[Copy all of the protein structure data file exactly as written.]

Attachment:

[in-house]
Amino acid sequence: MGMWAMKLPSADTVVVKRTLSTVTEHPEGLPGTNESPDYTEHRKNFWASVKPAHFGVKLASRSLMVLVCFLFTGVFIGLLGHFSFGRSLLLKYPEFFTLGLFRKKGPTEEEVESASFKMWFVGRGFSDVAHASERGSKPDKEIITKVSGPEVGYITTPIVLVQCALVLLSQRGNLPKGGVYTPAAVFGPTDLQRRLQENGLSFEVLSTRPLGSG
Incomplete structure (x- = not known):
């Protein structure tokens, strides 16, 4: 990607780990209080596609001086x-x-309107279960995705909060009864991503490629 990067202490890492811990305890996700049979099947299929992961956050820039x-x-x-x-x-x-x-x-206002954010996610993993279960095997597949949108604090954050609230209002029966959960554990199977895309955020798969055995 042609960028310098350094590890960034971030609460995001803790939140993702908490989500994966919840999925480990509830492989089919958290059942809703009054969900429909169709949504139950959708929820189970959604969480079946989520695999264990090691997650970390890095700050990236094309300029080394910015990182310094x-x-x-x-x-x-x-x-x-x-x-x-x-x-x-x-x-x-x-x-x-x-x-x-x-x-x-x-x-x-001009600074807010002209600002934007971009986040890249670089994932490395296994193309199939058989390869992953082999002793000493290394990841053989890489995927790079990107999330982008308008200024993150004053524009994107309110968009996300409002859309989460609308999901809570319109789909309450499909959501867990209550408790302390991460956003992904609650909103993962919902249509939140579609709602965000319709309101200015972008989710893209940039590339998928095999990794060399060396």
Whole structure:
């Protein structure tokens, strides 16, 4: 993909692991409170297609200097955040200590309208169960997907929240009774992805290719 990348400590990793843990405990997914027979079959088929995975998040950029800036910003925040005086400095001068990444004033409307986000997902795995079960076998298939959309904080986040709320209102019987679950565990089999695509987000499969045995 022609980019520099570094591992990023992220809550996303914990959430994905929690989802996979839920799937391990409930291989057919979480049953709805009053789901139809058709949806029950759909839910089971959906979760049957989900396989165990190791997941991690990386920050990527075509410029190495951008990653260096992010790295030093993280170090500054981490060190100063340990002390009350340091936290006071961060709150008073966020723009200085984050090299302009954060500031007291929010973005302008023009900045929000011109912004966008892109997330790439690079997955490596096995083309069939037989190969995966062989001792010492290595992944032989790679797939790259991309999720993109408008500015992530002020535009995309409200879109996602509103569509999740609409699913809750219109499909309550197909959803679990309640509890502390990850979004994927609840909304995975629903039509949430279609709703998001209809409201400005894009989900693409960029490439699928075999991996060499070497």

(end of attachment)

[in-house]
Amino acid sequence: MGMWAMKLPSADTVVVKRTLSTVTEHPEGLPGTNESPDYTEHRKNFWASVKPAHFGVKLASRSLMVLVCFLFTGVFIGLLGHFSFGRSLLLKYPEFFTLGLFRKKGPTEEEVESASFKMWFVGRGFSDVAHASERGSKPDKEIITKVSGPEVGYITTPIVLVQCALVLLSQRGNLPKGGVYTPAAVFGPTDLQRRLQENGLSFEVLSTRPLGSG
Incomplete structure (x- = not known):
């Protein structure tokens, strides 16, 4: 990607780990209080596609001086x-x-309107279960995705909060009864991503490629 990067202490890492811990305890996700049979099947299929992961956050820039x-x-x-x-x-x-x-x-206002954010996610993993279960095997597949949108604090954050609230209002029966959960554990199977895309955020798969055995 042609960028310098350094590890960034971030609460995001803790939140993702908490989500994966919840999925480990509830492989089919958290059942809703009054969900429909169709949504139950959708929820189970959604969480079946989520695999264990090691997650970390890095700050990236094309300029080394910015990182310094x-x-x-x-x-x-x-x-x-x-x-x-x-x-x-x-x-x-x-x-x-x-x-x-x-x-x-x-x-x-001009600074807010002209600002934007971009986040890249670089994932490395296994193309199939058989390869992953082999002793000493290394990841053989890489995927790079990107999330982008308008200024993150004053524009994107309110968009996300409002859309989460609308999901809570319109789909309450499909959501867990209550408790302390991460956003992904609650909103993962919902249509939140579609709602965000319709309101200015972008989710893209940039590339998928095999990794060399060396």
Whole structure:
């Protein structure tokens, strides 16, 4: 993909692991409170297609200097955040200590309208169960997907929240009774992805290719 990348400590990793843990405990997914027979079959088929995975998040950029800036910003925040005086400095001068990444004033409307986000997902795995079960076998298939959309904080986040709320209102019987679950565990089999695509987000499969045995 022609980019520099570094591992990023992220809550996303914990959430994905929690989802996979839920799937391990409930291989057919979480049953709805009053789901139809058709949806029950759909839910089971959906979760049957989900396989165990190791997941991690990386920050990527075509410029190495951008990653260096992010790295030093993280170090500054981490060190100063340990002390009350340091936290006071961060709150008073966020723009200085984050090299302009954060500031007291929010973005302008023009900045929000011109912004966008892109997330790439690079997955490596096995083309069939037989190969995966062989001792010492290595992944032989790679797939790259991309999720993109408008500015992530002020535009995309409200879109996602509103569509999740609409699913809750219109499909309550197909959803679990309640509890502390990850979004994927609840909304995975629903039509949430279609709703998001209809409201400005894009989900693409960029490439699928075999991996060499070497």